Bruxism / Teeth grinding or jaw clenching
What is Bruxism?
Bruxism is a chronic habit of clenching or grinding the teeth. Its significance lies in the potential damage the habit can cause to the teeth, jaw muscles, and jaw joints (all three elements of the body’s stomatognathic system).
Severe wear (attrition) like that shown in Figure 1 can be a serious problem, and extremely costly to treat. If all the teeth are involved, the jaws may rotate together more than they should. This is known as loss of vertical dimension of occlusion (bite collapse).
Bite collapse can result in damage to the jaw joints; severe pain or dysfunction in the jaw joints (TMJ dysfunction); excessive muscle contraction forces as the closing muscles of the jaw shorten (which can accelerate the destruction); tooth fractures, and tooth loss; aggravation of periodontal disease (secondary occlusal trauma); shortening of the lower face height (which changes one’s appearance); an inverted smile (corners of the mouth sag); frequent cracking or chapping at the corners of the mouth (angular cheilitis); and problems chewing.
Other Causes of Tooth Wear
Bruxing isn’t the only cause of tooth wear. Here are a couple other common sources:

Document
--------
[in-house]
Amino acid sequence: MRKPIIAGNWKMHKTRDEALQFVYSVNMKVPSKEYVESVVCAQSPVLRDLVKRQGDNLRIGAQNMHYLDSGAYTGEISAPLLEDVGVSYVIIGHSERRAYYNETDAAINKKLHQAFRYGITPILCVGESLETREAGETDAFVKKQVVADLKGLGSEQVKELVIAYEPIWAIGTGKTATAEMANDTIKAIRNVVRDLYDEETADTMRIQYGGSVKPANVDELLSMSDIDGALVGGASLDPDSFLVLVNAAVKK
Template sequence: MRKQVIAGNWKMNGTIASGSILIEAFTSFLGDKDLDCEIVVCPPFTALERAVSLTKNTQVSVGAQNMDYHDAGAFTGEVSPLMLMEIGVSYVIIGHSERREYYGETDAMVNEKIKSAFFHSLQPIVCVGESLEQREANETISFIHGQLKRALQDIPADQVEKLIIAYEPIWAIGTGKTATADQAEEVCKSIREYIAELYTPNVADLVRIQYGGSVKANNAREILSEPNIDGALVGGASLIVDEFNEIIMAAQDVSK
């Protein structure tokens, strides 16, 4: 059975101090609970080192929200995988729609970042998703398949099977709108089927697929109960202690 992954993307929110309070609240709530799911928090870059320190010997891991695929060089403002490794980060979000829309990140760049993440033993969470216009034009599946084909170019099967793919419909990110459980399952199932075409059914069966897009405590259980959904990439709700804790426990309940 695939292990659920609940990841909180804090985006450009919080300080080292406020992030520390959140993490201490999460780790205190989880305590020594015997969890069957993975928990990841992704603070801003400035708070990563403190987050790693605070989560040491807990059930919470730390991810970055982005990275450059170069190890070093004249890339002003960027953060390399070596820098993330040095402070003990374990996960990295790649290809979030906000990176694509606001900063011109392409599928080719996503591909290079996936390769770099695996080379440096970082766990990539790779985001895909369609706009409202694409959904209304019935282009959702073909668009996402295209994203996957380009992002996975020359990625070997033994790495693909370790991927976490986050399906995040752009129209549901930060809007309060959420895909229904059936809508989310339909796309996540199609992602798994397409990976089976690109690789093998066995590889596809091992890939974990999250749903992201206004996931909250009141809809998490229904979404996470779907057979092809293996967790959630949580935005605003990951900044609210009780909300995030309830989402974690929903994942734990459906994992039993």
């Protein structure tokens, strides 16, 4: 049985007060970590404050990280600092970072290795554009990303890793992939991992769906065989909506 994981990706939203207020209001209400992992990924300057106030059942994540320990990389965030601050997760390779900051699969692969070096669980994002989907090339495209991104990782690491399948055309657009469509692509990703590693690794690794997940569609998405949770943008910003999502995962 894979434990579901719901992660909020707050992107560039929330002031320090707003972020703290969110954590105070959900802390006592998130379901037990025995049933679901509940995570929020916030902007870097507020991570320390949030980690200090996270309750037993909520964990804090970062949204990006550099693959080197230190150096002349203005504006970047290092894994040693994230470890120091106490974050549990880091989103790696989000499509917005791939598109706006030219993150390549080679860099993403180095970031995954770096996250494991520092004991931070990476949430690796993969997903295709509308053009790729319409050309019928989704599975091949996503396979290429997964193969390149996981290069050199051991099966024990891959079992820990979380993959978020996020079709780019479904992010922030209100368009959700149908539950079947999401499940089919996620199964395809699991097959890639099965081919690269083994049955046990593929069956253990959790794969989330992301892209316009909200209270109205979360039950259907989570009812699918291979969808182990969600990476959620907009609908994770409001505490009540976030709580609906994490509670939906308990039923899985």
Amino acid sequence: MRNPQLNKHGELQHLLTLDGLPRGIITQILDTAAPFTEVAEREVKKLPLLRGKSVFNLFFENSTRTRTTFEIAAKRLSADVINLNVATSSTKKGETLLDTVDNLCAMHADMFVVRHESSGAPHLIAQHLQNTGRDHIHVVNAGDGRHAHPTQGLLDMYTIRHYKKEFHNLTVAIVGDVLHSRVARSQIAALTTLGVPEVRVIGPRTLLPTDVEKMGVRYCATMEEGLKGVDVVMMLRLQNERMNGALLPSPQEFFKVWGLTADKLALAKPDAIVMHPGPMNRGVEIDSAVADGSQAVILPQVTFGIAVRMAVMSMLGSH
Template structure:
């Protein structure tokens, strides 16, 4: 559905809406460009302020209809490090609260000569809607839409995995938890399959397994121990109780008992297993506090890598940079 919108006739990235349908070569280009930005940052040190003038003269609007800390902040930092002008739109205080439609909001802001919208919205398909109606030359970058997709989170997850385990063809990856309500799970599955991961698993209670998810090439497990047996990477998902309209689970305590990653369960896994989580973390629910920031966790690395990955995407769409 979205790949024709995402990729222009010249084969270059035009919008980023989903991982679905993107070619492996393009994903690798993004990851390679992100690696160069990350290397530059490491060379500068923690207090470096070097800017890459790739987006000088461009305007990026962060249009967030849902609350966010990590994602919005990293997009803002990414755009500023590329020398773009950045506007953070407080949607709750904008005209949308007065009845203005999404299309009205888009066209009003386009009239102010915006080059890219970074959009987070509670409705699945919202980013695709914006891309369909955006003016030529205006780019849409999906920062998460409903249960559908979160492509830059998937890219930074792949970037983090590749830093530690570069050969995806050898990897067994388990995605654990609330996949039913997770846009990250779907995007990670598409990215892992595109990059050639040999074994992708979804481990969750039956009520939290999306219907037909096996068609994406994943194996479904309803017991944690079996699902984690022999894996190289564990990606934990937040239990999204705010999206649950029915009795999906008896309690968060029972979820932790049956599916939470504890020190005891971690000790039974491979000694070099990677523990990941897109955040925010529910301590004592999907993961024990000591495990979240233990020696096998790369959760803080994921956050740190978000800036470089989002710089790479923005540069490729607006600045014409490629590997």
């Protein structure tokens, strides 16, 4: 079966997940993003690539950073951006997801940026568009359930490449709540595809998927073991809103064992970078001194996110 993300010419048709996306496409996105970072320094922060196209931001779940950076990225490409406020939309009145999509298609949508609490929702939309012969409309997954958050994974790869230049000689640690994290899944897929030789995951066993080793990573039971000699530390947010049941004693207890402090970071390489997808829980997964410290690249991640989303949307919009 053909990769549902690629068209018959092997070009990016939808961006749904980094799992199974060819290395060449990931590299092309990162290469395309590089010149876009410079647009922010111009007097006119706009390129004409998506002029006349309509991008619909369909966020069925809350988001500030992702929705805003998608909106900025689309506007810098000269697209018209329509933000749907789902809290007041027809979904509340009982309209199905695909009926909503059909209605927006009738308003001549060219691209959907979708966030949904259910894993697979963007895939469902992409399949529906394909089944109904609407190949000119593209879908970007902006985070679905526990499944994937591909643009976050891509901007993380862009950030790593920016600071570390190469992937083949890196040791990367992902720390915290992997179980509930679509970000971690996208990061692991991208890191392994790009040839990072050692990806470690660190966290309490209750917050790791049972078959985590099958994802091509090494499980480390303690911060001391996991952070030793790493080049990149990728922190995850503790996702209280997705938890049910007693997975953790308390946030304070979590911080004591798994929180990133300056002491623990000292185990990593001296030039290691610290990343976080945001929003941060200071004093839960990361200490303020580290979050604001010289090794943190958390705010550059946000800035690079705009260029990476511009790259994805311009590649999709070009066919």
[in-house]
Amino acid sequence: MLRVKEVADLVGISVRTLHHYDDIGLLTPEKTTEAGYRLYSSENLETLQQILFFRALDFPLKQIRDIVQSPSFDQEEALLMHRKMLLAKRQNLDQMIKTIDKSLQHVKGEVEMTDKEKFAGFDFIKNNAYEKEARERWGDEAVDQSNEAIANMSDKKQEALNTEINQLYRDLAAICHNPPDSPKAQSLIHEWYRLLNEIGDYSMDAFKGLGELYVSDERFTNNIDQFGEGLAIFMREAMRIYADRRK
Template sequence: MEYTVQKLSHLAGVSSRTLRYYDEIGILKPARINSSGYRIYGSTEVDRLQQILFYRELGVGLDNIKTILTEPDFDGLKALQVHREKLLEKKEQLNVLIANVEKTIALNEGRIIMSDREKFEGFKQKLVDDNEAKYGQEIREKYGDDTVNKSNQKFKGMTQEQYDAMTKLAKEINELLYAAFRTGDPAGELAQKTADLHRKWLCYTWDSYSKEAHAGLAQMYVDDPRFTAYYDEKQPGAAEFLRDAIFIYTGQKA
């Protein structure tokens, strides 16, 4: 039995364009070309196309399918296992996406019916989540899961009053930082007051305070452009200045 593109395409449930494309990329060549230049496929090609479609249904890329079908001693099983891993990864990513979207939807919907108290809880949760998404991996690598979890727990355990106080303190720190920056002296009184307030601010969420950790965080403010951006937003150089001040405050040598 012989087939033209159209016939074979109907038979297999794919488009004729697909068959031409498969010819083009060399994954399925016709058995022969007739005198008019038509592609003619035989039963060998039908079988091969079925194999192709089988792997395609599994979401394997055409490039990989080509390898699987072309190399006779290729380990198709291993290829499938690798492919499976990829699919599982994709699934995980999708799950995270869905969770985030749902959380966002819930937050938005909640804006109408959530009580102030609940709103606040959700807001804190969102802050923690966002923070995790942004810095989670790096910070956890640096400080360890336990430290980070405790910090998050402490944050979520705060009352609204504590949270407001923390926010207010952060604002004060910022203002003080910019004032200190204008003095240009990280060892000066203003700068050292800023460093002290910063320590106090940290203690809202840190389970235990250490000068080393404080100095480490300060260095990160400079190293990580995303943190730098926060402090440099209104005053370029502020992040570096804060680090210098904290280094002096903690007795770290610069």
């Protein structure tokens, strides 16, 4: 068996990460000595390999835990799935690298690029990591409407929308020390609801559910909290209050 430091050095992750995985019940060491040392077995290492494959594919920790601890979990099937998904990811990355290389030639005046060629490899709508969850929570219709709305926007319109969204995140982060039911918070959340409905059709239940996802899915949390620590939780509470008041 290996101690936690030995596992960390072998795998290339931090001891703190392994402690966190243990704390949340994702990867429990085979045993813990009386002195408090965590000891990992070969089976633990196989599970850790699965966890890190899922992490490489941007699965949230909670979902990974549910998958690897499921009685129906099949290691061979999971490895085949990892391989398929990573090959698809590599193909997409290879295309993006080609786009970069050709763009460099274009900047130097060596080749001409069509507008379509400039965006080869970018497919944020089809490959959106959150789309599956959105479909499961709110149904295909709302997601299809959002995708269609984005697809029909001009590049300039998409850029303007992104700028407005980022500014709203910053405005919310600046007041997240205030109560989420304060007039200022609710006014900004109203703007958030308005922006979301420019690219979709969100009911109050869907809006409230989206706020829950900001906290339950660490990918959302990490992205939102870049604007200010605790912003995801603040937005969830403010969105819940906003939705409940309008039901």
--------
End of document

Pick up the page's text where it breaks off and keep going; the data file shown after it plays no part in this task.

- Teeth that don’t mesh properly can wear at an accelerated rate, even under normal function. If you have this problem (known as malocclusion), ask your dentist if orthodontics might be an option.
- Factitious habits: Repeatedly chewing on hard or abrasive objects, biting your nails, grinding sunflower seed husks and other habits like these can accelerate the formation of wear facets (flattened planes) and chips on your teeth. An occlusal guard (night guards) won’t help with this, but you may need the chipped or worn teeth repaired with bonding, fillings, or crowns. And you should try to quit the habit to avoid re-occurrence.
How does the dentist diagnose Bruxism?
Note: ToothIQ.com contains general information. Only a dentist can properly diagnose your specific condition.
Visual examination of the teeth, and patient history are the most important components involved in establishing a diagnosis of bruxism. The most important thing to consider is whether or not the habit is currently active, or whether the signs of bruxism reflect a habit that is no longer present.
If you have any of the following signs or symptoms, you may be grinding your teeth (bruxing):
- Tired or sore jaw muscles (myalgia)—frequently on awakening
- Frequent muscle tension headaches (especially near the temples)